Grupo Bimbo, one of the largest bakeries in the world, understands the importance of celebrating its champions. The global manufacturer had the goal in mind of recognizing team members, for helping increase the number of use cases to drive usage within Parsable. Workers are rewarded with a personalized note, from the Vice President Global Digital Transformation and Data & Analytics, and certificates of recognition that are printed and posted in their offices.   

4. Focus on Humans

If one thing is certain, humans are indispensable. Despite the fear and chatter around automation, artificial intelligence and robots taking away industrial jobs – nothing is further from the truth. Humans still perform 72% of manufacturing tasks. Frontline workers on the plant floor are essential to not only keeping machines running, but to help drive change.

COVID-19 has impacted manufacturing by dividing the workforce into: individuals working remotely from home and others who are still on the factory floor, but socially distanced. Your team may not all physically be in the same location, but they still need to be connected and able to collaborate with each other no matter where they are.

5. Properly Budget 

Undertaking a digital transformation effort can seem like a daunting task, and a concern that often comes up is: What is an acceptable level of spend on digital? Is it part of an operational expense to improve efficiency, quality and safety, or is it an IT spend? 

Where companies struggle is when they try to compartmentalize it as part of an incremental IT spend. Accelerating digital requires over-investment. It’s like physics: If we want something to move, we need to apply force. Digital transformation is not an incremental increase in IT spend; it is a separate line item, because it’s driving overall efficiency at your organization and impacts every function.  

6. Start Small, Then Expand

Digitally transforming your operations means implementing dozens of use cases. Because it’s not necessarily realistic to implement a full transformation in one go, tackle it in stages. As a company, you must come together to find a common approach where you can drive visible return.

Start by identifying a couple of use cases that you can easily scale, and then iterate accordingly.

For example, use cases such as safety walks or pre-trip truck inspections are two areas where you can easily see tremendous near-term ROI.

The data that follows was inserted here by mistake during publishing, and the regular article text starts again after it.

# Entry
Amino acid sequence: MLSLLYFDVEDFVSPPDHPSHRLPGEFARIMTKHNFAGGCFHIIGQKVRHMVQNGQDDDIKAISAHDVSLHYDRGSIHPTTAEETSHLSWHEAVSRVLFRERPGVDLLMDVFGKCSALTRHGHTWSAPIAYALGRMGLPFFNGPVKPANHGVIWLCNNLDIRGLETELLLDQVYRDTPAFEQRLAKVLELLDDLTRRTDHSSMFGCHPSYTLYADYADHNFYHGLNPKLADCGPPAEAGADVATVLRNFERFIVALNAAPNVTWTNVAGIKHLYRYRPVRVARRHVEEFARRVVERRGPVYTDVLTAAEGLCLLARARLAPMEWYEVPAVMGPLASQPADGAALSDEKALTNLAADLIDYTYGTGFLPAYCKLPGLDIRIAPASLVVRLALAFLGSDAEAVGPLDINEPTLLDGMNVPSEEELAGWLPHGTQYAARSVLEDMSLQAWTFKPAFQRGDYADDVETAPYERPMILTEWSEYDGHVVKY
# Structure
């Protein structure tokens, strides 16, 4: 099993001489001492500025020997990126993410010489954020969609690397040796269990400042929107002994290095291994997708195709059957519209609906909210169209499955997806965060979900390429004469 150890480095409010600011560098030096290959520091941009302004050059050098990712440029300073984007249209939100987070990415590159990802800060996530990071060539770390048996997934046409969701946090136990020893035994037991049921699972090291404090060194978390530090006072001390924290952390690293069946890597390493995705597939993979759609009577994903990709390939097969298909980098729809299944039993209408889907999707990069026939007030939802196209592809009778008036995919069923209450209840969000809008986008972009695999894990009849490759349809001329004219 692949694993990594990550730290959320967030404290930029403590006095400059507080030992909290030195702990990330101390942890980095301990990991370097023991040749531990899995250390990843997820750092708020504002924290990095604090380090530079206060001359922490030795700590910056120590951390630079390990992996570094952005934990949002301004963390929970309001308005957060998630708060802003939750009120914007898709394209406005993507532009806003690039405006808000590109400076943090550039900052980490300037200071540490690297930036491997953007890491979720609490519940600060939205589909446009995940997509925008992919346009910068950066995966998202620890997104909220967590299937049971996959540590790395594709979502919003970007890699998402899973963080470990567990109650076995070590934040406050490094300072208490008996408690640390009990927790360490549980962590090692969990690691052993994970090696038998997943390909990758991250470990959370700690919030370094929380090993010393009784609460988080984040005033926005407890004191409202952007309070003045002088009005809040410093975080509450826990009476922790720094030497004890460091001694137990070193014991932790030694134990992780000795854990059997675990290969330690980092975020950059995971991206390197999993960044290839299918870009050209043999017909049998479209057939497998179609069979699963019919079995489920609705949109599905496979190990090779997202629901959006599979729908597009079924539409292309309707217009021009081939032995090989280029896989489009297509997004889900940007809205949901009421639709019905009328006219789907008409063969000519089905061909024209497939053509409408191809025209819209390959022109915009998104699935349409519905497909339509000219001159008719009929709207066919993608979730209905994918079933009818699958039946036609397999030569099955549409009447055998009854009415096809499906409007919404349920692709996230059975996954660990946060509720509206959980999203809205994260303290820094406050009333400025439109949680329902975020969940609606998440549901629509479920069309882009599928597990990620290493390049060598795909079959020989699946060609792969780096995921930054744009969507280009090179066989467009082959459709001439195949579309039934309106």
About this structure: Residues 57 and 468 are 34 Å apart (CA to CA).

7. Take Your Workforce Into Consideration 

By 2035, Millennials will make up three-quarters of the U.S. industrial workforce. The incoming generation of Millennial and Gen Z frontline workers poses a bit of a challenge for manufacturers. This is because the “old school” mentality of manufacturing operations is no longer acceptable. You can’t throw a 6-inch binder with step-by-step instructions at these digital natives. It simply won’t work. This dramatic shift will require you to re-think training, retraining and retention. 

Tools like Connected Worker™ technology are going to be instrumental to not only getting this younger generation on board, but providing them with the step-by-step training necessary to carry out procedures and tasks on the factory floor. Allowing the younger generation of workers to “call for help” using their mobile device to collaborate and instantly message other team members to help troubleshoot. Or watch a training video on the spot, can dramatically accelerate triaging an issue. Mobile-first technologies will become more of the norm over the next decade, replacing legacy-based systems.    

There is a massive urgency around digital transformation. It’s already happening right before our eyes and is inevitable for any manufacturing company that wants to prosper in the future. Change is scary and doesn’t come without risk. But, in manufacturing today, standing still is the biggest risk of all. Learn from those that have already begun the journey and embrace digital tools to help set you up for success.